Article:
Thursday, 30 October 2008

Popery

Like all other practices in the UK we have recently been advised that rimonabant, a treatment for obesity, has been withdrawn because of the increased risk of psychiatric problems including suicide. So I did a search on our computer system and found that none of our patients is currently being prescribed rimonabant. Indeed, we have only ever prescribed it for one patient.

I am not sure how to feel about this. Should we congratulate ourselves for being cautious and careful prescribers? Or should we hang our heads in shame for being stick-in-the-muds who have denied our patients effective treatment for the terrible and devastating disease that is obesity? It is interesting that our only prescription of the drug occurred just last month, and was instigated by our youngest, keenest and most up-to-date partner.

When I was at medical school they taught us this couplet by Alexander Pope, and I think he got it about right.
Be not the first by whom the new are tried,
Nor yet the last to leave the old aside.

7 comments:

The Armchair Daddy said...

Should we congratulate ourselves for being cautious and careful prescribers?

Yes.

Or should we hang our heads in shame for being stick-in-the-muds who have denied our patients effective treatment for the terrible and devastating disease that is obesity?

No.

It is interesting that our only prescription of the drug occurred just last month, and was instigated by our youngest, keenest and most up-to-date partner.

Good on him or her and I hope they remain young, keen and the most up-to-date.

Anonymous said...

I don't think it is a bad thing at all to be honest. I'm skeptical about drug treatments for obesity and baulked when I saw an 18 year old woman get referred for a gastric bypass on Embarrassing Illnesses this week.

I'm also not enamored with the standard GP diet sheet approach - impractical! Normal eating doesn't involve following a diet. (Sorry to break it to you - but no-one actually eats what's on the diet sheets!)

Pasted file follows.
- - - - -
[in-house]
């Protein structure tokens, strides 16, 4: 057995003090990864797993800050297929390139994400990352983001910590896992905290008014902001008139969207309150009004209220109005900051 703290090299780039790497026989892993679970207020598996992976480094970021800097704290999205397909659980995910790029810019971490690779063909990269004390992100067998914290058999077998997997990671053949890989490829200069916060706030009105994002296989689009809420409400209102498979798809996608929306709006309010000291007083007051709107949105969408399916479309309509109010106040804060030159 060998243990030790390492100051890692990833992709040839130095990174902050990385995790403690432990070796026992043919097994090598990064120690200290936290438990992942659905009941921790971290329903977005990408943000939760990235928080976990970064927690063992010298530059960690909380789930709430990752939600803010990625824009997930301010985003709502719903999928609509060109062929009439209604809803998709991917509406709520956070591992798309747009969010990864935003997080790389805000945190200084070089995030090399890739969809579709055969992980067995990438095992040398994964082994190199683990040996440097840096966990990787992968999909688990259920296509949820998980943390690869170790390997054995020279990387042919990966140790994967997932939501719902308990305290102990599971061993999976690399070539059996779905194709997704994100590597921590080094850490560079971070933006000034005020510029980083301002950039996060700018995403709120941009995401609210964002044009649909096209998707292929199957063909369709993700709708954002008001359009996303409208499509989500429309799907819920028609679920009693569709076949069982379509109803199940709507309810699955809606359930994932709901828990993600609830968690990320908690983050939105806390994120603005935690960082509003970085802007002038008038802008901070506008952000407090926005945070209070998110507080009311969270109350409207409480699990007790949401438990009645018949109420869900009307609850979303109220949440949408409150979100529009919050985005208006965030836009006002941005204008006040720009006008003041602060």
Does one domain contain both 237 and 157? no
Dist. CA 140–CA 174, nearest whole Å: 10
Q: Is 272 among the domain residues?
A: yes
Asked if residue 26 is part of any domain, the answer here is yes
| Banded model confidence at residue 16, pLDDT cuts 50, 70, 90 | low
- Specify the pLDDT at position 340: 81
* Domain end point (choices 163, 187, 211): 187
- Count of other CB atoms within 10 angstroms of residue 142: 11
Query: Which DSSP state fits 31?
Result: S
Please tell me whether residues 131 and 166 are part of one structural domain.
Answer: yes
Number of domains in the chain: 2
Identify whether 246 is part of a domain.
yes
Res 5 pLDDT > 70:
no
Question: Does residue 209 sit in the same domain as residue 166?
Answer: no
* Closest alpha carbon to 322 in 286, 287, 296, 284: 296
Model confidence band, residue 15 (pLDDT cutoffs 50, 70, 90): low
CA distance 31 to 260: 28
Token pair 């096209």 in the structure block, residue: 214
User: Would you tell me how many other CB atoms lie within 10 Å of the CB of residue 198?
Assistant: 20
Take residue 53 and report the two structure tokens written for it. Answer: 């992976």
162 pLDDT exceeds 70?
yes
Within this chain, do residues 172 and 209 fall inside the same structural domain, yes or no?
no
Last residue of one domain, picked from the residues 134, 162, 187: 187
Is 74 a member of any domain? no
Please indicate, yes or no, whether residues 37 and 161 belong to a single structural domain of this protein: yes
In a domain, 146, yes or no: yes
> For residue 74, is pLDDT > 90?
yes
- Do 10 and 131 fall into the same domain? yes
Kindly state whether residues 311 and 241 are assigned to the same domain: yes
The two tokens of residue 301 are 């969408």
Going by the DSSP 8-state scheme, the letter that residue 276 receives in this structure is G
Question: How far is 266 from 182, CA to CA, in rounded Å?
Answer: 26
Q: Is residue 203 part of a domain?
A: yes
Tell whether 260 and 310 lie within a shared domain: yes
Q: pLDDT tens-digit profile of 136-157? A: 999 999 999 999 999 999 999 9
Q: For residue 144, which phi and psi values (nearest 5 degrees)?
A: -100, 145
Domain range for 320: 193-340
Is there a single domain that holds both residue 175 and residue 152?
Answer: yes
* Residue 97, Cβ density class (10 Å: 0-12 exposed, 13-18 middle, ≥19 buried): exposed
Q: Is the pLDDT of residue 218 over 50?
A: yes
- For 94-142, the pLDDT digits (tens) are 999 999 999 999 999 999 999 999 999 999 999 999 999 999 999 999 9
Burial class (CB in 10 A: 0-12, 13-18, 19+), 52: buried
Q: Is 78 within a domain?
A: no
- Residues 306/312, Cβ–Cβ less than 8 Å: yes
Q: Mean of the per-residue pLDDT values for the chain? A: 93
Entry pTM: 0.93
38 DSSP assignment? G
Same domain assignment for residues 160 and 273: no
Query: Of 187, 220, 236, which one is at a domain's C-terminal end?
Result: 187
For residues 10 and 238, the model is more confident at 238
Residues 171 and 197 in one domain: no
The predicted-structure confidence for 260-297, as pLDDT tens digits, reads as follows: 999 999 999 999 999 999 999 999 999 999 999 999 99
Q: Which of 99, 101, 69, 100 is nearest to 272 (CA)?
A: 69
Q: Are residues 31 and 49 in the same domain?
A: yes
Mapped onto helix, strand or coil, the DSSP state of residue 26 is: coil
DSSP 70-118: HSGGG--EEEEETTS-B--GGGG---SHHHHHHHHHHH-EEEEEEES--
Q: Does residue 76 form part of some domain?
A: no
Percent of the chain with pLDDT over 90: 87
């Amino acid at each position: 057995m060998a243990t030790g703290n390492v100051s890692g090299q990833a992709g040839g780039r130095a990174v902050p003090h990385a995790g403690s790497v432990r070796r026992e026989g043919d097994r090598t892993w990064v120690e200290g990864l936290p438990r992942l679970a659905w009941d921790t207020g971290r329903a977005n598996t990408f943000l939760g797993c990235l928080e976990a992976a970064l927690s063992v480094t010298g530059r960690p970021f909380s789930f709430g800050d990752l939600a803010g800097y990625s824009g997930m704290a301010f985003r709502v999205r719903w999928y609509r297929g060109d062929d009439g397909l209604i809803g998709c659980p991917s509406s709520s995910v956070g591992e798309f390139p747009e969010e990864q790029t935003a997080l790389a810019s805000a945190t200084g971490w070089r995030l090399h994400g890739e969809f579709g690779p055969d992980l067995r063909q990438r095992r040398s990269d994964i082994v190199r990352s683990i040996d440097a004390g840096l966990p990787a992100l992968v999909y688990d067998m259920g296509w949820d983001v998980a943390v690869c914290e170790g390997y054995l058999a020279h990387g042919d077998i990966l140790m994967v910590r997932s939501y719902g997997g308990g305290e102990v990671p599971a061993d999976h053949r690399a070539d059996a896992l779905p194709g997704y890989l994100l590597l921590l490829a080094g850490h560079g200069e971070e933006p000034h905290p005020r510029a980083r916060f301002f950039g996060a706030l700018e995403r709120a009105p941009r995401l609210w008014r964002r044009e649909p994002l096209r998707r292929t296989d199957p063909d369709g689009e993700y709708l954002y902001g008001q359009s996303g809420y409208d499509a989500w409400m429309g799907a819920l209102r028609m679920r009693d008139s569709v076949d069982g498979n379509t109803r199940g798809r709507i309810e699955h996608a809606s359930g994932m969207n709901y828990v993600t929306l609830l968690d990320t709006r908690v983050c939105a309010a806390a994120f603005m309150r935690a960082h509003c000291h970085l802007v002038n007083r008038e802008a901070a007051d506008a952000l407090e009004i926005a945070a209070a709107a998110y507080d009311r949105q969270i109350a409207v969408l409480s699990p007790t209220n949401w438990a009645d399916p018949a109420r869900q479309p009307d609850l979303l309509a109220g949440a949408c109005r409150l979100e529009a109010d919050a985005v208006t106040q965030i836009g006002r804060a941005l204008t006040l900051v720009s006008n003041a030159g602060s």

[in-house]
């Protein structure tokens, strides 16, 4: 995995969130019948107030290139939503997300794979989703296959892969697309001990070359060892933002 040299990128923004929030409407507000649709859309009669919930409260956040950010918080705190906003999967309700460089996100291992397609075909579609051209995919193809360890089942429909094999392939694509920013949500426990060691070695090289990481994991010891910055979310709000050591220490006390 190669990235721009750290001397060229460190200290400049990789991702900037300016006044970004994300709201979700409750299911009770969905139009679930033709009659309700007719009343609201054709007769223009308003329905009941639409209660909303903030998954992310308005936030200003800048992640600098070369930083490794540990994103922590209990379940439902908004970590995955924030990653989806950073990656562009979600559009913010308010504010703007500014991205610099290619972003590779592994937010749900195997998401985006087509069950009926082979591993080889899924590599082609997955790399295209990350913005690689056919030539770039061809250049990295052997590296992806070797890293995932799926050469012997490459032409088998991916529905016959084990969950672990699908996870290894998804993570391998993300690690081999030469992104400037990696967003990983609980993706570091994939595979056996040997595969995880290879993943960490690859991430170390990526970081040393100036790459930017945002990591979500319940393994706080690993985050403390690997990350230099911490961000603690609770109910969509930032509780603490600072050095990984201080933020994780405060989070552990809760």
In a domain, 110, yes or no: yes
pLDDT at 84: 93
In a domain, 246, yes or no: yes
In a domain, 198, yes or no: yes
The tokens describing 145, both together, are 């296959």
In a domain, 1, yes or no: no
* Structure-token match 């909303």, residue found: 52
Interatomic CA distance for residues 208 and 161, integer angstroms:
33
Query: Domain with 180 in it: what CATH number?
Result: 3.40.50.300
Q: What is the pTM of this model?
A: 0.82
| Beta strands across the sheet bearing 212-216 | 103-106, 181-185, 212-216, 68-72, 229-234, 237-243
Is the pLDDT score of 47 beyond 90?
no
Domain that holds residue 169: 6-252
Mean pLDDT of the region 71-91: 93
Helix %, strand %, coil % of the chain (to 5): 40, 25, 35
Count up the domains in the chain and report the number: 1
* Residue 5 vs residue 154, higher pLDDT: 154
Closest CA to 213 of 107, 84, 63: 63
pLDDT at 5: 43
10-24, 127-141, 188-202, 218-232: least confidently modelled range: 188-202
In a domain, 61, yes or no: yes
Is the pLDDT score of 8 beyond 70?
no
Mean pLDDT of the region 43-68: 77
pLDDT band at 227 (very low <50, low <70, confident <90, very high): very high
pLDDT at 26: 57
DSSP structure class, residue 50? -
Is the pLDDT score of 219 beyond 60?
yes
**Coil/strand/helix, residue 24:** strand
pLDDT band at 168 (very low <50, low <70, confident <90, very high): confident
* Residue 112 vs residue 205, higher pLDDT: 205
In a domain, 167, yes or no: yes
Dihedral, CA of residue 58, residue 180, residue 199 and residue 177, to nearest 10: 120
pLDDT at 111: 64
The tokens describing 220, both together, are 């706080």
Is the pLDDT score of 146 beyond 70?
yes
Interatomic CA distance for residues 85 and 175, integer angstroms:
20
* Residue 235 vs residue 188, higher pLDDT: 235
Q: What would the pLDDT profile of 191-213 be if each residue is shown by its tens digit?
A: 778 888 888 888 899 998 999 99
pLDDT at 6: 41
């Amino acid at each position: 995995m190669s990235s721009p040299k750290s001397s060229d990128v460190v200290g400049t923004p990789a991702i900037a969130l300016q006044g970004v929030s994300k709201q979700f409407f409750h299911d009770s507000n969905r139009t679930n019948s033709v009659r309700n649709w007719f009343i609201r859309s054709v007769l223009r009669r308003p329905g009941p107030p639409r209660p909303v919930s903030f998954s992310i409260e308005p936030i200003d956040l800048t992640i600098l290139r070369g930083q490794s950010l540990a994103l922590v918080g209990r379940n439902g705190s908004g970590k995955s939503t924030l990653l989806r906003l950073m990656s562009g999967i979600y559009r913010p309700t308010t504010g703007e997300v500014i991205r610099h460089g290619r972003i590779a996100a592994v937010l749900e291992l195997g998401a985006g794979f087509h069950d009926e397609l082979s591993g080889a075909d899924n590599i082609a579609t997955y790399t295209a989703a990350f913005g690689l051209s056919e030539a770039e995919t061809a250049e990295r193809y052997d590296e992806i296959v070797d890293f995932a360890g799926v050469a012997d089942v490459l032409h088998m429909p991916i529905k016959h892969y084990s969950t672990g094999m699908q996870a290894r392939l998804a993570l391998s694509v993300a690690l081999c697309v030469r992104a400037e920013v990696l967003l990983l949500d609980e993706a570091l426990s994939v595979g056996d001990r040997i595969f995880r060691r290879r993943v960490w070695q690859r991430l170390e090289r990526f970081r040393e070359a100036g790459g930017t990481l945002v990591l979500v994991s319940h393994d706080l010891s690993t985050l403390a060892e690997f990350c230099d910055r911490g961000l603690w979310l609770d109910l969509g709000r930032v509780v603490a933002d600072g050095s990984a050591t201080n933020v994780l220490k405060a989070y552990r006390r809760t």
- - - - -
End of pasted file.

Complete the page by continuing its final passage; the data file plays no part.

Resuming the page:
I would say it given my job, but psychological therapies have proven effectiveness for treating obesity. And I never knock the Susie Orbach approach to eating distress, although I'm unsure whether there's evidence enough to convince NICE.

It will be interesting to see whether the new Improving Access to Psychological Therapies might take some of this work on. I certainly think it would be an excellent use of resources - and a far better approach to obesity management than any of the conservative diet and exercise approaches (which don't work because people don't follow them) or the aggressive drug therapies and surgical options.

Trainee Clin Psych

dutchdoctor said...

I'm doing the same. I wait first for more data about new medication before prescribing it. Seems to be safe practice.

Xavier Emmanuelle said...

I have tried to leave a comment here twice, and each time the internet has died on me. Thus, I shall be brief, and hopefully it will go through this time!

I agree with your view -- history of medicine has taught me that while often medical advances are wonderful, in most cases they should still be approached with caution. Thalidomide, the early oral contraceptives, the swine flu vaccine of the 70s, I could go on but you get my point...

Yay for approaching new drugs with caution, especially when it's not for something acutely life threatening.

Dragonfly said...

Good quote.

Anonymous said...

I'm a GP in Australia, and am similarly careful about prescribing new treatments like this, especially for obesity. There are so many factors in obesity; perhaps a drug could treat a certain smallish percentage of obese, but mostly it's false hope for the patient and often with nasty side effects. Likewise with the various weight loss surgeries. I've become interested in the paradigm of Health At Every Size, which is about encouraging patients of all weights to eat and exercise well: focussing on the concepts of re-learning hunger and intuitive, healthful eating after years of dieting or disordered eating; and exercise as an enjoyable part of daily routine instead of merely a means to burn kilojoules. It's hard for many, especially obese women, but I have been encouraging them to take their minds off the number on the scale and get excited instead about lowered BP, BG, lipids, improved mental health, self esteem, and so on. It's a more sustainable method of lifestyle change than traditional diet and exercise plans based on weight reduction as a primary measure of success. Google 'Rick Kausman' and 'If not dieting' -- Kausman is fairly well-known here for this kind of personal, psychological approach.

Dr Andrew Brown said...

Thanks everyone for your helpful and interesting comments, as always. I shall do some more thinking about the treatment of obesity.